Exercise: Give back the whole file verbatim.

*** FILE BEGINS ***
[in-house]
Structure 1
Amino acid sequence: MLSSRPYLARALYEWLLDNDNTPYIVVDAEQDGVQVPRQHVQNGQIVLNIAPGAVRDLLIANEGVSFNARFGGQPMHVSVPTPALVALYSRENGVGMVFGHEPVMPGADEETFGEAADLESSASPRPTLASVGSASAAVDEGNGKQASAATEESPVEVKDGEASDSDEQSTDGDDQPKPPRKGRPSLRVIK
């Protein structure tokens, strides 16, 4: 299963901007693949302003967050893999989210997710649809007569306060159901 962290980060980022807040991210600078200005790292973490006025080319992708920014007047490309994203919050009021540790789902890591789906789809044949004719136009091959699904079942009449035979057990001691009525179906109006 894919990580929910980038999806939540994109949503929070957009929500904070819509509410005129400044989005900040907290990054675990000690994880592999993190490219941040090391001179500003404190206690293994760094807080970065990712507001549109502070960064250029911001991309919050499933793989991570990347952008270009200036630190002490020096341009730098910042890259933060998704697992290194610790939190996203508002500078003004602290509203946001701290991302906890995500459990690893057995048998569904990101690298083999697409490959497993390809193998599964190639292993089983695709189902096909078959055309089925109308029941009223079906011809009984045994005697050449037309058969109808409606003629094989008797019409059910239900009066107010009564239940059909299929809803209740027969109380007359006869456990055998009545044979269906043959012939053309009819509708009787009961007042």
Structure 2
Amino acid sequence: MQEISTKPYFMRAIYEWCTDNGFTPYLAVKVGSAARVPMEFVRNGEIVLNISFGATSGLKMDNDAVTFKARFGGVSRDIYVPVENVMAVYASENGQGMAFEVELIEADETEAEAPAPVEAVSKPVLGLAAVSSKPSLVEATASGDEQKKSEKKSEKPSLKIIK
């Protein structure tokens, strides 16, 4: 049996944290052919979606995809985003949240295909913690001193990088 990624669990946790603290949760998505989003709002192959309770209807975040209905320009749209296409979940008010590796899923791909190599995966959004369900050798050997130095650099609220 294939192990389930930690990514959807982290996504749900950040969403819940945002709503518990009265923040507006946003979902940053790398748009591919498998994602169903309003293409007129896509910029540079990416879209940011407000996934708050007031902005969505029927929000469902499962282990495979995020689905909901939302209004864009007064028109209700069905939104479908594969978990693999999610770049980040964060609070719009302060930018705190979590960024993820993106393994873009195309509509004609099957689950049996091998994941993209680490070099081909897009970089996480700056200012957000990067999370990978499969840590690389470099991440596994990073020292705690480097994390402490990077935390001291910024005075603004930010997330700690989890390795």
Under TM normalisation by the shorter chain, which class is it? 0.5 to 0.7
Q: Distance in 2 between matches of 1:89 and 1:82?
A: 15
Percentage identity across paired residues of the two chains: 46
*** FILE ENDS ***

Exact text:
[in-house]
Structure 1
Amino acid sequence: MLSSRPYLARALYEWLLDNDNTPYIVVDAEQDGVQVPRQHVQNGQIVLNIAPGAVRDLLIANEGVSFNARFGGQPMHVSVPTPALVALYSRENGVGMVFGHEPVMPGADEETFGEAADLESSASPRPTLASVGSASAAVDEGNGKQASAATEESPVEVKDGEASDSDEQSTDGDDQPKPPRKGRPSLRVIK
């Protein structure tokens, strides 16, 4: 299963901007693949302003967050893999989210997710649809007569306060159901 962290980060980022807040991210600078200005790292973490006025080319992708920014007047490309994203919050009021540790789902890591789906789809044949004719136009091959699904079942009449035979057990001691009525179906109006 894919990580929910980038999806939540994109949503929070957009929500904070819509509410005129400044989005900040907290990054675990000690994880592999993190490219941040090391001179500003404190206690293994760094807080970065990712507001549109502070960064250029911001991309919050499933793989991570990347952008270009200036630190002490020096341009730098910042890259933060998704697992290194610790939190996203508002500078003004602290509203946001701290991302906890995500459990690893057995048998569904990101690298083999697409490959497993390809193998599964190639292993089983695709189902096909078959055309089925109308029941009223079906011809009984045994005697050449037309058969109808409606003629094989008797019409059910239900009066107010009564239940059909299929809803209740027969109380007359006869456990055998009545044979269906043959012939053309009819509708009787009961007042």
Structure 2
Amino acid sequence: MQEISTKPYFMRAIYEWCTDNGFTPYLAVKVGSAARVPMEFVRNGEIVLNISFGATSGLKMDNDAVTFKARFGGVSRDIYVPVENVMAVYASENGQGMAFEVELIEADETEAEAPAPVEAVSKPVLGLAAVSSKPSLVEATASGDEQKKSEKKSEKPSLKIIK
């Protein structure tokens, strides 16, 4: 049996944290052919979606995809985003949240295909913690001193990088 990624669990946790603290949760998505989003709002192959309770209807975040209905320009749209296409979940008010590796899923791909190599995966959004369900050798050997130095650099609220 294939192990389930930690990514959807982290996504749900950040969403819940945002709503518990009265923040507006946003979902940053790398748009591919498998994602169903309003293409007129896509910029540079990416879209940011407000996934708050007031902005969505029927929000469902499962282990495979995020689905909901939302209004864009007064028109209700069905939104479908594969978990693999999610770049980040964060609070719009302060930018705190979590960024993820993106393994873009195309509509004609099957689950049996091998994941993209680490070099081909897009970089996480700056200012957000990067999370990978499969840590690389470099991440596994990073020292705690480097994390402490990077935390001291910024005075603004930010997330700690989890390795």
Under TM normalisation by the shorter chain, which class is it? 0.5 to 0.7
Q: Distance in 2 between matches of 1:89 and 1:82?
A: 15
Percentage identity across paired residues of the two chains: 46